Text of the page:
You guessed it, another funded trader got through our managed forex account evaluation: Richard Conway! (Check out the managed forex program yourself.)
Richard noted that he tends to position trade which presented an interesting trading question as many traders tend to have an opinion on, especially whether they want to ask a funded trader who just passed the funded trader evaluation or if they want to adjust their strategy to optimize it for the managed forex account.
You will get different answers, while we answered it several times in various articles and through our community (which is to use a style that best suits your lifestyle and psychology).
This is the best time to go through short term trading and long term trading, and what typically defines them.
From there you can decide what suits you. However, I cannot stress enough: here at CTI we always advocate to stick to the strategy that makes you profitable hence the fair time limit we set.
Short term trading:
This tends to describe intraday trading. Nowadays, in the institutional space this will reference algorithmic trading or fast paced momentum strategies (which will seldom be manual trades in this day and age in the shortest time frames; think 1 minute or so).
Long term trading:
Position trading is that tends to come to mind. Usually, positions are held for a week to up to a month. These strategies are usually actioned with fundamental strategies or longer term technical plays, or a combination of both.
Now you can have position trades that last longer than a month, but then it the line blurs with a typical buy and hold approach with investing.
As the subtitle suggests, the styles of trading can overlap. That’s why I mentioned we get traders that like tend to ask questions so they could modify their strategy before they embark on the funded trader evaluation!
Technically speaking (pun unintended), any strategy could be scaled up, or down, for any time frame. The only difference is the waiting time.
The best way to illustrate this is with a classic market structure strategy, support and resistance. It applies in both, long and short term trading strategies. The main difference is how long it takes for you to see any action.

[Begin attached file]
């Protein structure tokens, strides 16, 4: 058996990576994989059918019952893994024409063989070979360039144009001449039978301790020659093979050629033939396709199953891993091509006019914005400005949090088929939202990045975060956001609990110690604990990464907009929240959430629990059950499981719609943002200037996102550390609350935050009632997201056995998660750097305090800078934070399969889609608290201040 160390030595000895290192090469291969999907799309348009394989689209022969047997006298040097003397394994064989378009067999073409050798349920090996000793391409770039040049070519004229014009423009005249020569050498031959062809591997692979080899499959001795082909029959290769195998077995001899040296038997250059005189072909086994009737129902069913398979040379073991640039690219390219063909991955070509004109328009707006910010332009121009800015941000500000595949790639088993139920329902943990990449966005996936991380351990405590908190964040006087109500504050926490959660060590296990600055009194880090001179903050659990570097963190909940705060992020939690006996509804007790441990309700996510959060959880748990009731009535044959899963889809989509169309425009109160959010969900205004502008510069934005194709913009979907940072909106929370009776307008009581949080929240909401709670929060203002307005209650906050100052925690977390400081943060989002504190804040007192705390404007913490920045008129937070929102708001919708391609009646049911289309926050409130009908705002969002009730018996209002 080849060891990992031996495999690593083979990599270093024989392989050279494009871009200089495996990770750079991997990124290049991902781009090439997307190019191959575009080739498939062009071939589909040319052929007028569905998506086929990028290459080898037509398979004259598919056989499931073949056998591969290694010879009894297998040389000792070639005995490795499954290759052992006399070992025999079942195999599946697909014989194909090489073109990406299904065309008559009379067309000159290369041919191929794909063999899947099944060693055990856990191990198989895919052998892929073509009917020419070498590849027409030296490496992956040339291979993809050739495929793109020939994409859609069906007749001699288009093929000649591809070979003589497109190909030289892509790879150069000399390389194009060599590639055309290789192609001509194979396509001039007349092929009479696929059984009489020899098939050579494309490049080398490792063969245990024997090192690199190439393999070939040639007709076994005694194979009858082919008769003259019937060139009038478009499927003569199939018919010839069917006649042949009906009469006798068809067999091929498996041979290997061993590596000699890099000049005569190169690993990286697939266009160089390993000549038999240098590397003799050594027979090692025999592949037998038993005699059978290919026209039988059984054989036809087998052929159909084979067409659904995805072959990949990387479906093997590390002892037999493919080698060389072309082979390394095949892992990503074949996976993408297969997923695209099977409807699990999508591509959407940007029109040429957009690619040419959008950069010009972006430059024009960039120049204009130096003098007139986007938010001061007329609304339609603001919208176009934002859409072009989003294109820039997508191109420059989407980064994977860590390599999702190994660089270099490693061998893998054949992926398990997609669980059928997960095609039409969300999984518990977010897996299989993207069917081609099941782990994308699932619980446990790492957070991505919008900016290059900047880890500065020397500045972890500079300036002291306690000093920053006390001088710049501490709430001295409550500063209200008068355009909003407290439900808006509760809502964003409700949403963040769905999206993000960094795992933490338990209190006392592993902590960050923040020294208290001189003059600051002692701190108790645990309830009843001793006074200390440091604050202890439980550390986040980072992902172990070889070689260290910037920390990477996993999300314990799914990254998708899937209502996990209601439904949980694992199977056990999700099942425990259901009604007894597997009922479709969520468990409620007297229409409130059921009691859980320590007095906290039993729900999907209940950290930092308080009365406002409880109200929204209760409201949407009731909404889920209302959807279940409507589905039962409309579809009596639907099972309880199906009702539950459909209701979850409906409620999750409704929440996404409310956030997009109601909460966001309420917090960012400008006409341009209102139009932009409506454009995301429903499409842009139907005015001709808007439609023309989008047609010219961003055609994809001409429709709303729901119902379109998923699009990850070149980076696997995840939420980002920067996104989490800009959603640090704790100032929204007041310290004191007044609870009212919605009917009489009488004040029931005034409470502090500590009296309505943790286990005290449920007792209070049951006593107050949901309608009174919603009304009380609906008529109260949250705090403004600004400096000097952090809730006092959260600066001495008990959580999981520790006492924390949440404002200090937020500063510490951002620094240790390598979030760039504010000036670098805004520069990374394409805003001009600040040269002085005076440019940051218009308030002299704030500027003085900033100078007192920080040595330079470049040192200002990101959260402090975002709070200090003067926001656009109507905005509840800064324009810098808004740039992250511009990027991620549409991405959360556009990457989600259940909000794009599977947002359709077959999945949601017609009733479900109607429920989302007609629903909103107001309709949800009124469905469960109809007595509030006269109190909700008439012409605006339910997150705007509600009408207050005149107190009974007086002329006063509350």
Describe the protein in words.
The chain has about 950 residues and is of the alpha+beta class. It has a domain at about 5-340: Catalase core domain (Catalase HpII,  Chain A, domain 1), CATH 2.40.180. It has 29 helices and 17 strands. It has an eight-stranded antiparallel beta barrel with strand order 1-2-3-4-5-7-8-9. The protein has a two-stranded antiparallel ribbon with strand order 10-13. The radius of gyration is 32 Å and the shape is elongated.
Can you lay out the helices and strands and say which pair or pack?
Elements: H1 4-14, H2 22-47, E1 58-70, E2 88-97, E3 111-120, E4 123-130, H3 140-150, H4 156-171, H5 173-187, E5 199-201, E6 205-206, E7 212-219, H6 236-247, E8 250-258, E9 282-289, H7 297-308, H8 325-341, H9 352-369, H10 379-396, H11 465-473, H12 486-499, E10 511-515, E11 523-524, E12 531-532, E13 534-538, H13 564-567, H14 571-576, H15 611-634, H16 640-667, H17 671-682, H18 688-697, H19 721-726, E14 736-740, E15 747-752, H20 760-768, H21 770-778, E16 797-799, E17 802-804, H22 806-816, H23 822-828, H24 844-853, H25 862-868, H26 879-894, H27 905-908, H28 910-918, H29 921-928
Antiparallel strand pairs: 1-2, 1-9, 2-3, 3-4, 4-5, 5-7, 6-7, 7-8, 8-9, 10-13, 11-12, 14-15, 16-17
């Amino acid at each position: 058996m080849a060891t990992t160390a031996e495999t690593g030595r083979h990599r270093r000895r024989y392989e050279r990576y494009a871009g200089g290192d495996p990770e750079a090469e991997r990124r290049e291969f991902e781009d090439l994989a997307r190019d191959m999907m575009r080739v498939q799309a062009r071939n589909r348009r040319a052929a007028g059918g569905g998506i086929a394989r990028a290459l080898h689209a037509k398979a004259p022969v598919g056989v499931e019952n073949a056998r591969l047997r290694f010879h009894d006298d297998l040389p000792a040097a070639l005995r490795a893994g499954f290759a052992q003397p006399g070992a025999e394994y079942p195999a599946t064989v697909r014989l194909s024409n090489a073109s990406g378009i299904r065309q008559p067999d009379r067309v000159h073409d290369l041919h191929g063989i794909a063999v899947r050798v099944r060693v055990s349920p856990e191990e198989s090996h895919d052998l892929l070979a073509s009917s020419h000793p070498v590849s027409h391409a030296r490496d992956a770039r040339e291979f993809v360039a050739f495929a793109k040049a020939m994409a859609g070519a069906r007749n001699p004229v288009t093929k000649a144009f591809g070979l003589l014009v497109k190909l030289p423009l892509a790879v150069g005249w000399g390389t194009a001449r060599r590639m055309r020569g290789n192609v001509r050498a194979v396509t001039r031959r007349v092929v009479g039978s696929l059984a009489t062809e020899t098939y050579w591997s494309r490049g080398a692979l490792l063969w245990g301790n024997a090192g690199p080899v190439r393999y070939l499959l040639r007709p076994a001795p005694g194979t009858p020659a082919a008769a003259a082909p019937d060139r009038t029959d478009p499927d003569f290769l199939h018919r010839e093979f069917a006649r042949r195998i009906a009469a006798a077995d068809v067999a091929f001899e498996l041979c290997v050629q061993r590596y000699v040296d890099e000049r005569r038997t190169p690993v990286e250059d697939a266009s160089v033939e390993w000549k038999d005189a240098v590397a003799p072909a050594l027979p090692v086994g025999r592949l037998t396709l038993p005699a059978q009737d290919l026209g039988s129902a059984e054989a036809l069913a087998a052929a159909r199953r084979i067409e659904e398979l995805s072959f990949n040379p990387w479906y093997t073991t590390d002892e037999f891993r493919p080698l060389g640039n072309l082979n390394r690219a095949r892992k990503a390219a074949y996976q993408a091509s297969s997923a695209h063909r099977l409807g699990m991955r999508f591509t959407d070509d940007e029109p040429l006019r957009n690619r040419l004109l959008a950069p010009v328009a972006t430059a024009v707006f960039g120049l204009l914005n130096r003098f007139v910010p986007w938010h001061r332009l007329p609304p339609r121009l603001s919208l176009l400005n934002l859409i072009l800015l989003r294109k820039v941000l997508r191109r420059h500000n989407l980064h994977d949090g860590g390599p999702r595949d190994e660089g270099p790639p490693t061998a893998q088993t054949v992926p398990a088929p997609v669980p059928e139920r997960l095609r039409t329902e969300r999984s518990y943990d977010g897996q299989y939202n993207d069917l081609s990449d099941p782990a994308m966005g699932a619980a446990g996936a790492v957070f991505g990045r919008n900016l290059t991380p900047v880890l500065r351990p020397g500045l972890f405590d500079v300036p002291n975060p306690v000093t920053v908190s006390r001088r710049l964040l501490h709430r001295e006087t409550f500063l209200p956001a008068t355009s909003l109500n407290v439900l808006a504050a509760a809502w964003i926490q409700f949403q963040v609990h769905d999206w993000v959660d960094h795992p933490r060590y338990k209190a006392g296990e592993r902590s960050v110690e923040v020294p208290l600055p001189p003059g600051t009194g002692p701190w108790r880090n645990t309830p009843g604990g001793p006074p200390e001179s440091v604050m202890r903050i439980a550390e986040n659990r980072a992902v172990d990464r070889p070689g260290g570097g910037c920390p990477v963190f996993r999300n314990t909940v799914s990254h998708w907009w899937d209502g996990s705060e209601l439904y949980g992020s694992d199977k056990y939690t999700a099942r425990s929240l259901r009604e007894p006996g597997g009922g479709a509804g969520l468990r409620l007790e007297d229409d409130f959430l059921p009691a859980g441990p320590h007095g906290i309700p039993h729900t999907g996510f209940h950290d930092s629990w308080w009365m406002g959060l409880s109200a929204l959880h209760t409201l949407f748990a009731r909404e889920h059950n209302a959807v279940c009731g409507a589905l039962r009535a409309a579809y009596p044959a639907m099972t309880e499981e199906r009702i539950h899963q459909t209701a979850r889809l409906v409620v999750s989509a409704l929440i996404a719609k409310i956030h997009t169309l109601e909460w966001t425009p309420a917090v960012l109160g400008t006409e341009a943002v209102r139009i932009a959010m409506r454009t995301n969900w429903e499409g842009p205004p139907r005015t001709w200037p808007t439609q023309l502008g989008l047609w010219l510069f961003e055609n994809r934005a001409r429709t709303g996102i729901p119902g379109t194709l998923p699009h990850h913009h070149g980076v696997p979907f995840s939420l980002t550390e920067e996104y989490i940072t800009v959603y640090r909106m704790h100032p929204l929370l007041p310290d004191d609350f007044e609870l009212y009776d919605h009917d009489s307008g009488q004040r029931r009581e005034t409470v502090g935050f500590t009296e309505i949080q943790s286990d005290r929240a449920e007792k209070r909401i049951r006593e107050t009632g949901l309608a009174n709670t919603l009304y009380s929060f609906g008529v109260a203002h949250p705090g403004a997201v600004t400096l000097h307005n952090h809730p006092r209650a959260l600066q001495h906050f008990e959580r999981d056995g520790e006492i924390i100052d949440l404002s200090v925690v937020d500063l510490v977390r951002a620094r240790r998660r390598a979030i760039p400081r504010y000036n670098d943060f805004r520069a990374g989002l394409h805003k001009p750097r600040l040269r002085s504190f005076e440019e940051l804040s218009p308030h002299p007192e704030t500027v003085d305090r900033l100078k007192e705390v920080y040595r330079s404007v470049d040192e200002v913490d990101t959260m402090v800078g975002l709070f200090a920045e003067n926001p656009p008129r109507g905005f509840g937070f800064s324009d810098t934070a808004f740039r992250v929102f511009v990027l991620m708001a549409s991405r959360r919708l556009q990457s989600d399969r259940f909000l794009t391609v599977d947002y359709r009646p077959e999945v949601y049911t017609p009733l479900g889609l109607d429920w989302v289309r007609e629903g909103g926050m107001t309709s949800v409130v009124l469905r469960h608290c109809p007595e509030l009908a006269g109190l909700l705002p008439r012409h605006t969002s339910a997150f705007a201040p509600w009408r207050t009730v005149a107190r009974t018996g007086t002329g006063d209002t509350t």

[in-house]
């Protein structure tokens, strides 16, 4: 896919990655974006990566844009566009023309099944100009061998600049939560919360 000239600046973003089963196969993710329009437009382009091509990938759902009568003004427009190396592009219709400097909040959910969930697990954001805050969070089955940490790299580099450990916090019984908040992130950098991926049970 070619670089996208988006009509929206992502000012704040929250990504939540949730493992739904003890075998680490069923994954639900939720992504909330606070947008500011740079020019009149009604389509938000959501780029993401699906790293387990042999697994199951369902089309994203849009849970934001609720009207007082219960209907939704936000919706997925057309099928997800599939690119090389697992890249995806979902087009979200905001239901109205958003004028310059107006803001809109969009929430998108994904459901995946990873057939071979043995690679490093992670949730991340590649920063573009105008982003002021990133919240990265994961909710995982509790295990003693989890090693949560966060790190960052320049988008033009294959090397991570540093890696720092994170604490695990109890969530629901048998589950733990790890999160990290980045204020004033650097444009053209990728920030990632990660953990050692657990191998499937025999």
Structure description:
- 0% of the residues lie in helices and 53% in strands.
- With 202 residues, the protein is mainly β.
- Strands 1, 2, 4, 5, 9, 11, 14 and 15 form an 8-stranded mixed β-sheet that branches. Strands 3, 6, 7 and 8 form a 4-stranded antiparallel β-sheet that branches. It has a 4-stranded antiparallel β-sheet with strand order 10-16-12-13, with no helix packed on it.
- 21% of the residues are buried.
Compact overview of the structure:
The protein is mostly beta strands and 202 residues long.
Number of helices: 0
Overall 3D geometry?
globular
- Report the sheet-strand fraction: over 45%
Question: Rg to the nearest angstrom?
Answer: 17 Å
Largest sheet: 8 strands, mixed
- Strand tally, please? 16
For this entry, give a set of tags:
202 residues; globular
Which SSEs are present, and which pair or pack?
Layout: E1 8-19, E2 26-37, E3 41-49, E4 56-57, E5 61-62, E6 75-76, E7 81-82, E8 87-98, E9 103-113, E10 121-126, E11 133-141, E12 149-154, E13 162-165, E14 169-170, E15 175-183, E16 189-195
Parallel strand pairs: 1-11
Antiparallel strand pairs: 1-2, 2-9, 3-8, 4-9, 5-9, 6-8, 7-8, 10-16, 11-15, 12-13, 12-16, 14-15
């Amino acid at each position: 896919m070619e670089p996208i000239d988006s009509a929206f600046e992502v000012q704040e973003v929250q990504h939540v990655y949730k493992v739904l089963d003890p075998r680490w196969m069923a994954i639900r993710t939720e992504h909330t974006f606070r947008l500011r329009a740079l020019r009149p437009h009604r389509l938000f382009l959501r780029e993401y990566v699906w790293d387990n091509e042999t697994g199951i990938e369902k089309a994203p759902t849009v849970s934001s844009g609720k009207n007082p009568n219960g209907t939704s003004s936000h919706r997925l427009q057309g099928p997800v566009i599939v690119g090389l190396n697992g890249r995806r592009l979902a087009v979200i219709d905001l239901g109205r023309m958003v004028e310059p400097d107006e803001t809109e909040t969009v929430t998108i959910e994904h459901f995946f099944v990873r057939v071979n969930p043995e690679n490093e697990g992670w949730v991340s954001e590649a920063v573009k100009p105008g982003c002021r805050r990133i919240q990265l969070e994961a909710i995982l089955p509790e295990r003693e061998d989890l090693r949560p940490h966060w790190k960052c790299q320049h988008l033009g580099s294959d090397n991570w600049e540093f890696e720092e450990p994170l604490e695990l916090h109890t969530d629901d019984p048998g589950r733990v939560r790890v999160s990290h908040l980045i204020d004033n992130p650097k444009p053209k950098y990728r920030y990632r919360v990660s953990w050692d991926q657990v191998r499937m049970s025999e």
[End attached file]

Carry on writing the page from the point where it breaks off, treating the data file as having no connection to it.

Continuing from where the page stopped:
What determines what a prop trader picks?
Psychology, personality—you can use any sort of psychobabble to commentate, but ultimately it is a personal choice based on your individual psychology and commitments. Can you handle waiting for a long time? Can you realistically time the markets like an intraday trader? These are questions you need to ask yourself.
(Of course, if you are unsure where to start, we have an assortment of mentoring, psychology and ground-up educational programs to help you get started.)
But what can really determine what a trader picks? Skill and account size.
These points are two ways to achieve the same result. Allow me to explain. If one has a larger account size, they can create a trade with larger stops if you make an accurate call, so to speak. So it is unlikely you could be stopped out prior to the market going in your way if you have the right fundamentals and technicals. In contrast, with a small account, you could be stopped out before this happens.
Conversely, if you can time the market (effectively market timing) well, your account size does not matter as you will be able to time your entries and exits well, in theory.
Ultimately, the type of trading strategy you will use, and the one you will use for the CTI funded trader evaluation, is a personal choice. Feel free to reach out to the team if you need help working on your strategy, we are more than happy to help!
Without further ado, here’s the interview of our newest funded trader, Richard: